The 2018 Q1 survey was conducted between 19 February and 9 March 2018.
- UK banks and building societies reported that their retail deposit funding volumes had decreased significantly in the three months to mid-March 2018, while their ‘other’ funding volumes — which includes wholesale debt funding, wholesale deposits and funding via central bank operations — had increased significantly over the same period (Chart 1). The overall net effect was that total funding volumes increased in Q1, and lenders expected this to increase further in Q2, driven largely by an expected pick-up in retail deposit funding.
- Lenders reported that the supply of deposits from households fell significantly, pushing down on the total volume of deposits raised in Q1. The supply of deposits from private non-financial corporates was reported to have increased slightly in Q1, however, and was expected to increase significantly in Q2 (Chart 2).
- Average spreads — relative to appropriate reference rates — on the stock of retail deposits from households and private non-financial corporations were reported to have increased slightly in Q1, while spreads on ‘other’ funding were reported to have increased for the first time since 2016 Q2 (Chart 3). Lenders expected both retail deposit and ‘other’ funding spreads to increase in Q2.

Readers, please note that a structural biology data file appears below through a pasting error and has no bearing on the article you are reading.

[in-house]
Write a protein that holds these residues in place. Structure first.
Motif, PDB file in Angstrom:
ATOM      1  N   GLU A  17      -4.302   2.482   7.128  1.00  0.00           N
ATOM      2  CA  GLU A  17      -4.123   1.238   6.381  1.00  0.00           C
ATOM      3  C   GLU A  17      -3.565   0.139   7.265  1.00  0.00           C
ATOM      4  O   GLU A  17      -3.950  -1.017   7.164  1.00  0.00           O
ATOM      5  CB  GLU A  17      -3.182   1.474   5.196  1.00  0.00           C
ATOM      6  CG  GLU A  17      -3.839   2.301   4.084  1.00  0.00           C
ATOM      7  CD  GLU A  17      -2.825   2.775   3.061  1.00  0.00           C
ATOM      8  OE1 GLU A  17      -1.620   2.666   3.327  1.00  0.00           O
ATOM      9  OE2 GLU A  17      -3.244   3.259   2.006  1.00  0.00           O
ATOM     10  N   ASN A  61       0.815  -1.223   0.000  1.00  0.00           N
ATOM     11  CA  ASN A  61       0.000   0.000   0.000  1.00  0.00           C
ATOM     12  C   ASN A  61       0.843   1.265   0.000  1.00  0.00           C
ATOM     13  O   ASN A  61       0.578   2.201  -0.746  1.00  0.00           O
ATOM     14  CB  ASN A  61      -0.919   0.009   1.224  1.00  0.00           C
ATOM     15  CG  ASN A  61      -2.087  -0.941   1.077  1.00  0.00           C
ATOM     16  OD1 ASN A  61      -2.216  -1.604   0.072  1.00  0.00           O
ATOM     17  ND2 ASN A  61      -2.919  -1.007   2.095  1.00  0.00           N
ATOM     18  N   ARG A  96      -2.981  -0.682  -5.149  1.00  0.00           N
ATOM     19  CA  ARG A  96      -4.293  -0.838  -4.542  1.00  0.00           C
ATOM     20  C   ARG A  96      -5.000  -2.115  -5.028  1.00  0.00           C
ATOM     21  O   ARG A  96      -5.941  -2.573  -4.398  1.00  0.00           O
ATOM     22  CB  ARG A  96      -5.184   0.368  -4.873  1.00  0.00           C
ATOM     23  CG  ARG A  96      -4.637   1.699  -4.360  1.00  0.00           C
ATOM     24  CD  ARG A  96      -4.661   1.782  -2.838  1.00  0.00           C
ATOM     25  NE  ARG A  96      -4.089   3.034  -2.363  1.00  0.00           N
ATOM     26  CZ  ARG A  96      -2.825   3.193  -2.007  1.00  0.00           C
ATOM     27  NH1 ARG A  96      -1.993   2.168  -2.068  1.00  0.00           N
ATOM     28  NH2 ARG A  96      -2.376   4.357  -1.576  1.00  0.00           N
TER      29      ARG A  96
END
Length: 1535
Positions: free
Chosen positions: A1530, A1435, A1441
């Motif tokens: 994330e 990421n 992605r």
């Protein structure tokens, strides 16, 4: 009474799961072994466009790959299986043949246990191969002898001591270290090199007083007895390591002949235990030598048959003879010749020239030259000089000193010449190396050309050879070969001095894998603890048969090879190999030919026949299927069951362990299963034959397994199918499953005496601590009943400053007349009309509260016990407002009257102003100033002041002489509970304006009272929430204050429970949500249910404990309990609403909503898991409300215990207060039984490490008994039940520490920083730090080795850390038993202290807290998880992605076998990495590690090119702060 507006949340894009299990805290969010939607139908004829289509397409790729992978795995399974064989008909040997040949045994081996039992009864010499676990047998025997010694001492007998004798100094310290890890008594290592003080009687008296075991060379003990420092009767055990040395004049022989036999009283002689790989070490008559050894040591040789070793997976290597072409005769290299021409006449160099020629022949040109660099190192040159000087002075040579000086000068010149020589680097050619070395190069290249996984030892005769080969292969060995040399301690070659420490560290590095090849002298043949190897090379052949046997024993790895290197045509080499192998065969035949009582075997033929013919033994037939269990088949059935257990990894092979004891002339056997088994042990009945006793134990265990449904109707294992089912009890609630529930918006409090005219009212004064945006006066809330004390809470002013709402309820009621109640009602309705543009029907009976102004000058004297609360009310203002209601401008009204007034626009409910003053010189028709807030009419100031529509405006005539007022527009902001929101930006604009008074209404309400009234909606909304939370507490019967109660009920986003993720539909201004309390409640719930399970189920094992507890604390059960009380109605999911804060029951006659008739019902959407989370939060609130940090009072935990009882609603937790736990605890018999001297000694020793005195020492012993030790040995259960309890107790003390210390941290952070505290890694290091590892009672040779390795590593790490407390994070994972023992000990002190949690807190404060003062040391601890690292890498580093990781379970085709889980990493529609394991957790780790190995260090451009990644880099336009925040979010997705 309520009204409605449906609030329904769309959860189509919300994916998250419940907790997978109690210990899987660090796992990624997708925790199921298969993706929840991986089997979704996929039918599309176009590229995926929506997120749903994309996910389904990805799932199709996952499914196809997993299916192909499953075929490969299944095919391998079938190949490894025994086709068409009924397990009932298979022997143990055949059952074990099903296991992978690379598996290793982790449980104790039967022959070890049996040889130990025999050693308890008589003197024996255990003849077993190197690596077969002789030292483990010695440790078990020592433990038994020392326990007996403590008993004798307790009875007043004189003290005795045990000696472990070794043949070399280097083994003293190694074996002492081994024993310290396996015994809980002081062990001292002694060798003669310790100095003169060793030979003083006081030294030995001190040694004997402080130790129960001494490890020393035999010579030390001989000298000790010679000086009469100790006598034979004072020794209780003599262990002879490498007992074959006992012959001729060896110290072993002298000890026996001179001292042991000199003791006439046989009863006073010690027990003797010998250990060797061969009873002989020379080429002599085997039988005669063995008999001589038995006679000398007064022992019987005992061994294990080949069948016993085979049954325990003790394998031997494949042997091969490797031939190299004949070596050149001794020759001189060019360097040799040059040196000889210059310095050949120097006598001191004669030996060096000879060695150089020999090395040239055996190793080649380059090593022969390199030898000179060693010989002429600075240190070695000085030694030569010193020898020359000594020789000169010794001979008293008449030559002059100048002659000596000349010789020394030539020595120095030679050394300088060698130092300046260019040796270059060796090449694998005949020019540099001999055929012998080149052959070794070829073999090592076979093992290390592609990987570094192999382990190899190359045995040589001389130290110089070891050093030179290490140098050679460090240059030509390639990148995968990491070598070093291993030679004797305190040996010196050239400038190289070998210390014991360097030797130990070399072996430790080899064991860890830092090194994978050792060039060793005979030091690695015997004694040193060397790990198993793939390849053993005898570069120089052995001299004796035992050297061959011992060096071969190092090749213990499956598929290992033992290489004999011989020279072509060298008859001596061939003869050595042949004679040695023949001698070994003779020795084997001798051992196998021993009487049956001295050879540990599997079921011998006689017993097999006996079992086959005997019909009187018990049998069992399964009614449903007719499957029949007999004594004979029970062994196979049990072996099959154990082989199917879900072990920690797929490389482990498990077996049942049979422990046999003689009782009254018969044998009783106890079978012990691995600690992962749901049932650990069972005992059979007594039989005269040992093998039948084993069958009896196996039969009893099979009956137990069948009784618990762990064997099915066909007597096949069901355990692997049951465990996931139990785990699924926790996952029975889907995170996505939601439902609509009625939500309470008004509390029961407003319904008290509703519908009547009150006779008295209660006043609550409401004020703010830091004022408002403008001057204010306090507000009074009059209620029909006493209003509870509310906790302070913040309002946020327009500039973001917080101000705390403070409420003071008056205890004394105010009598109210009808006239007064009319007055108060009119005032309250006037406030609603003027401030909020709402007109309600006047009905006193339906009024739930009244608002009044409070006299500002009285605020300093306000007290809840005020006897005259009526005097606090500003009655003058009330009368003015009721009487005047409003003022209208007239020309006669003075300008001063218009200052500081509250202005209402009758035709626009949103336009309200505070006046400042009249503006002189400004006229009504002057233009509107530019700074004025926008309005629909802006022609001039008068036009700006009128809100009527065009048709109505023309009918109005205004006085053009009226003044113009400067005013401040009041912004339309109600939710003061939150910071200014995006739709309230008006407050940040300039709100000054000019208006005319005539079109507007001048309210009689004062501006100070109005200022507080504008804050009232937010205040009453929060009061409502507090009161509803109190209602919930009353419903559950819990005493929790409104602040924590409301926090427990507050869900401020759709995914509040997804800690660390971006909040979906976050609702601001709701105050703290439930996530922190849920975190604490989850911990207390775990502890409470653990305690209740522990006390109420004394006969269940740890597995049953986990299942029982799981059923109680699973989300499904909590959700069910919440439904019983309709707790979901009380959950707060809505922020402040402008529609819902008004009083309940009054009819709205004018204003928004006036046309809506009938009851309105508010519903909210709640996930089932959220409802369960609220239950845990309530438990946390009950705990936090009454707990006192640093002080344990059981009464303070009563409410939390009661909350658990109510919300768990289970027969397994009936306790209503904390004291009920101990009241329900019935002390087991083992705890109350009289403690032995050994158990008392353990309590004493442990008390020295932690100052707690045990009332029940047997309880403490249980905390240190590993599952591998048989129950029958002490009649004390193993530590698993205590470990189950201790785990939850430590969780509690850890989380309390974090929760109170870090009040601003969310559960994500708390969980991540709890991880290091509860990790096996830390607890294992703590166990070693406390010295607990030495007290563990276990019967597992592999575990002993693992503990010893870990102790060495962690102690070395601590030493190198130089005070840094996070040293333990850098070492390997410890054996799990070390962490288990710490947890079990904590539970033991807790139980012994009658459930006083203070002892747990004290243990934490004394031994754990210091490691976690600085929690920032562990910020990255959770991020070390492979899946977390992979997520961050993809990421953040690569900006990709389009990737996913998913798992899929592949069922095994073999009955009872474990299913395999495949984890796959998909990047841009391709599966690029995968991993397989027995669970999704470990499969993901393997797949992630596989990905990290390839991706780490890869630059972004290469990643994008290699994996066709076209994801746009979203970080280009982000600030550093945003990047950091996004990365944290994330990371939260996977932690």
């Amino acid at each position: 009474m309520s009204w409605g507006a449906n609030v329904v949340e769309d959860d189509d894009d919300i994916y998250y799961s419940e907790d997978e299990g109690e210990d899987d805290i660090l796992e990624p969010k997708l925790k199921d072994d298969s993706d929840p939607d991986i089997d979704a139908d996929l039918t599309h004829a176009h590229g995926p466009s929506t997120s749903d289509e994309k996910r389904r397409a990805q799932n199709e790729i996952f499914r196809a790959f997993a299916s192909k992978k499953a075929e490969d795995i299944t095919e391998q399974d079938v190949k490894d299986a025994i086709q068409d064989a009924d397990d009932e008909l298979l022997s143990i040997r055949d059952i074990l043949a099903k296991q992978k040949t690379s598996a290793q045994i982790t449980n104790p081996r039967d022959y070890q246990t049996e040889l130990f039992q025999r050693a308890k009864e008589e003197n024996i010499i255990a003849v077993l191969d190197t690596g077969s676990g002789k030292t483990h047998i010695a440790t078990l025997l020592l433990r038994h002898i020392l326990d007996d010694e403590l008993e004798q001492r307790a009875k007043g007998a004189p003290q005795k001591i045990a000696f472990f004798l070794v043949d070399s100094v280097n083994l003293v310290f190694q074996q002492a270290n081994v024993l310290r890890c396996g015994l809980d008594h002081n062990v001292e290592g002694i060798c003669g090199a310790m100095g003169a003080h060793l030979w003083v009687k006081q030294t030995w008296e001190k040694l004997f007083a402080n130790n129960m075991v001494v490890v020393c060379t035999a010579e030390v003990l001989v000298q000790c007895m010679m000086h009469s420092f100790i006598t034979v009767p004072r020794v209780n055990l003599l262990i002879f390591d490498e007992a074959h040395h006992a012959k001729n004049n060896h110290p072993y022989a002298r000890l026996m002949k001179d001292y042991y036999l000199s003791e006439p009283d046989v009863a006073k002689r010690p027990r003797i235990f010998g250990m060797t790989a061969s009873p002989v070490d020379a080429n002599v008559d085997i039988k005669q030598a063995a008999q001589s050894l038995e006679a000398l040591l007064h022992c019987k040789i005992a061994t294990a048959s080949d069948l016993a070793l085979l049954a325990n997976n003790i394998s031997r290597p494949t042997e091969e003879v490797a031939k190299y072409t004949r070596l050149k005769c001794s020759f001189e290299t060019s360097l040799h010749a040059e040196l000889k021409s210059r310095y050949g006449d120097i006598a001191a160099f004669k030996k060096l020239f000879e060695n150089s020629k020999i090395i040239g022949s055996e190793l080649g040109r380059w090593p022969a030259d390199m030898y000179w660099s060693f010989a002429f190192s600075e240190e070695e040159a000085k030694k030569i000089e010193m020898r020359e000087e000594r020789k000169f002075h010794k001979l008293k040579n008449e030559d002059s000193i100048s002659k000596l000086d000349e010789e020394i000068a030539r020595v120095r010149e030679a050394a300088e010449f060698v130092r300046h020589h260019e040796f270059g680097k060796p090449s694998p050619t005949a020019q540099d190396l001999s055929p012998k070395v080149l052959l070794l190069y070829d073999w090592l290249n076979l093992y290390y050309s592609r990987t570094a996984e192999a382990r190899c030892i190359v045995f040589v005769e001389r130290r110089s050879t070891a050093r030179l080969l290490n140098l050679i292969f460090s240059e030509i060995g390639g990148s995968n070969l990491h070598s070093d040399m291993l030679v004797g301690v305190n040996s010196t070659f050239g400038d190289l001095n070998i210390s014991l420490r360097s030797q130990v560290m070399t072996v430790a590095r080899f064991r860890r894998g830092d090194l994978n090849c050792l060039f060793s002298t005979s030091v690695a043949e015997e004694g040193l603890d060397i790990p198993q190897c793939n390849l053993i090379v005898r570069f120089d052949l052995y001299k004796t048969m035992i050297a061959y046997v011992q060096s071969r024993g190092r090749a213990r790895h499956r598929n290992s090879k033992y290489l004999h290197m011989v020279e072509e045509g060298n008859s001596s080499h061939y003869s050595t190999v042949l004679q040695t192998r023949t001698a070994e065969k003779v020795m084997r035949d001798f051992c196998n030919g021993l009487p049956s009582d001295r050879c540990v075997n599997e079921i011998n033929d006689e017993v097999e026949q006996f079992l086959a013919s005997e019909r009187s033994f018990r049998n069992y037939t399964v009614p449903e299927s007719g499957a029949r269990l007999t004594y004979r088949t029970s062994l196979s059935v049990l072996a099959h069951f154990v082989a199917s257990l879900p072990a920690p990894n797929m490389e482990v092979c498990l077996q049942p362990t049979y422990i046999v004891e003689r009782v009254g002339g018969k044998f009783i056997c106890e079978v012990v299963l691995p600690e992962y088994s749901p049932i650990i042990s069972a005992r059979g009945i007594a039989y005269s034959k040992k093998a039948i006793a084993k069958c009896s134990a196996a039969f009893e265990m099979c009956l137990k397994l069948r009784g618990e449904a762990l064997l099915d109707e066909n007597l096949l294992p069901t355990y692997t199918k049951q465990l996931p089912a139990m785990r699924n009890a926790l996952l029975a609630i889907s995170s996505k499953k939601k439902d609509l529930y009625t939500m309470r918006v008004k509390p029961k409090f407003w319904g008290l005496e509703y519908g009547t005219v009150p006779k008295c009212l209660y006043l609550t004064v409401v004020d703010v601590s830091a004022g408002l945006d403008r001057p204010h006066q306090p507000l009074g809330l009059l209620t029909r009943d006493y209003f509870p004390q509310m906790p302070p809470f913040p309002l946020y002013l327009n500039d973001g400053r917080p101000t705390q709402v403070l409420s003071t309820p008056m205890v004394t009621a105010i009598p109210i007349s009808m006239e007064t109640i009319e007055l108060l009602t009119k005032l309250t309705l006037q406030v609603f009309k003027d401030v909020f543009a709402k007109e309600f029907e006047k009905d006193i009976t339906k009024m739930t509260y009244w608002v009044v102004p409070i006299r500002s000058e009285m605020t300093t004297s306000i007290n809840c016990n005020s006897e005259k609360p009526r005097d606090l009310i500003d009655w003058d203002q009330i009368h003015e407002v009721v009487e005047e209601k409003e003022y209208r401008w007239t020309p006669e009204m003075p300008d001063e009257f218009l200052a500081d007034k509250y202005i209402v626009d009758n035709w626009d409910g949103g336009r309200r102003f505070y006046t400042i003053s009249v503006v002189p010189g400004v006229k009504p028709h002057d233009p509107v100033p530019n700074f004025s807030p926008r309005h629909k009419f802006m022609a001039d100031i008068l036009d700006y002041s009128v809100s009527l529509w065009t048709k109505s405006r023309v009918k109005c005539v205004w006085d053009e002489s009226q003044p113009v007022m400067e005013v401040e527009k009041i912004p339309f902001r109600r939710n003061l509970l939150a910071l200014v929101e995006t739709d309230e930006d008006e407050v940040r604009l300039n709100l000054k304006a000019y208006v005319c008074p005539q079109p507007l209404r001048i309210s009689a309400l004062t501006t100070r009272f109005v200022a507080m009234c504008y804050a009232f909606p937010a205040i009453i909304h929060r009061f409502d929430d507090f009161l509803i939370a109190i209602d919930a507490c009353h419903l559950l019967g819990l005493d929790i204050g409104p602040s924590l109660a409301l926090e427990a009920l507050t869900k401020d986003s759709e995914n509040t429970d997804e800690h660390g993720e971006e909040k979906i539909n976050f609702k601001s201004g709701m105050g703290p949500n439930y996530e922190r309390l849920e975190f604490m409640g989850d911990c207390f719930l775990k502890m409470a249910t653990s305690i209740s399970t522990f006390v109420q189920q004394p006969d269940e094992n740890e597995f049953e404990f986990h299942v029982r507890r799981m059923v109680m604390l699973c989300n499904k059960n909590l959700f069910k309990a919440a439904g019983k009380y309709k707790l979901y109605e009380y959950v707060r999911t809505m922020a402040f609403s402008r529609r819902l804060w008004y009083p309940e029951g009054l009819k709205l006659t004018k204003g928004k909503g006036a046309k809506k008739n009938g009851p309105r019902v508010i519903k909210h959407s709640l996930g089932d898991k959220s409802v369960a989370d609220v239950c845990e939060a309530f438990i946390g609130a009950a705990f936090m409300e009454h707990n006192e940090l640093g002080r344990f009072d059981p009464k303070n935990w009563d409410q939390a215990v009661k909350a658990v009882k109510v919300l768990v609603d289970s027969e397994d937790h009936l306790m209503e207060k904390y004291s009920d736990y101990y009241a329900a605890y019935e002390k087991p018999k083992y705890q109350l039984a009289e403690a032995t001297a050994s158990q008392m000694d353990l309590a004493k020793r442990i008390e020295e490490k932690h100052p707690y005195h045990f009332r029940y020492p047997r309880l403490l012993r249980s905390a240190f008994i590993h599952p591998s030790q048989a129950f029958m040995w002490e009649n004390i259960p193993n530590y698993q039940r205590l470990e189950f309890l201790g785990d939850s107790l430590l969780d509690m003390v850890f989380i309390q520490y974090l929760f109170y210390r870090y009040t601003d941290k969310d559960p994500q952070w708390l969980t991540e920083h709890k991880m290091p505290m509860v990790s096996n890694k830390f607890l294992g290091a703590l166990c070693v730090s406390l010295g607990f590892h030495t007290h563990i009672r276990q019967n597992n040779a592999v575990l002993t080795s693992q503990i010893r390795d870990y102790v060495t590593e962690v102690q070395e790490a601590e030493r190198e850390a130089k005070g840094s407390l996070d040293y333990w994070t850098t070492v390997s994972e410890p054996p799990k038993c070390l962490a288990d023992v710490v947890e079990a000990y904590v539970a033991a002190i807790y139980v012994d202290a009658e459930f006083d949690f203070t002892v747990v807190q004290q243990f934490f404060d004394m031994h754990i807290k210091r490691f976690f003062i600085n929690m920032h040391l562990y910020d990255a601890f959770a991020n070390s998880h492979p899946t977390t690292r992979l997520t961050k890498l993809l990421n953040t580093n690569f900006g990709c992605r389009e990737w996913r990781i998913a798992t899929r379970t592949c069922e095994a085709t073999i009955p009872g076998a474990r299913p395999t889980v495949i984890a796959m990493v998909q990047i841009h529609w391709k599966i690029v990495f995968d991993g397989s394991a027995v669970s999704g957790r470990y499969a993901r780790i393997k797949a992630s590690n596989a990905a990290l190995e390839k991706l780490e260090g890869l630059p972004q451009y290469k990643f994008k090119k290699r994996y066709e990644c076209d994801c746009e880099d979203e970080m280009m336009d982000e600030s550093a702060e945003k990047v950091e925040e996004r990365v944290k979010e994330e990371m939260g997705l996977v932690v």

- Investor demand for banks’ wholesale debt was reported to have decreased slightly in Q1, driven mainly by a fall in demand from non-UK investors. Lenders expected demand for wholesale debt from all investors to decrease further in Q2.
- The proportion of wholesale market funding accounted for by long-term instruments was reported to have increased slightly in Q1. A variety of factors contributed to this, including regulatory drivers and the price/yield of instruments.
- Lenders reported that their total capital levels decreased slightly in Q1, but were expected to increase significantly in Q2 (Chart 4), with changes in the economic outlook and regulatory drivers both expected to push up on demand for capital.
- The average cost of capital was reported to have been unchanged in Q1, but was expected to increase slightly in Q2. If realised, that would be the first increase since 2016 Q1.
- Lenders reported that the internal price charged to business units to fund the flow of new loans (the ‘transfer’ price) had increased in Q1 (Chart 5). This was reported to have been driven by a significant increase in swaps or other reference rates (Chart 6). Lenders expected a significant rise in the transfer price in Q2.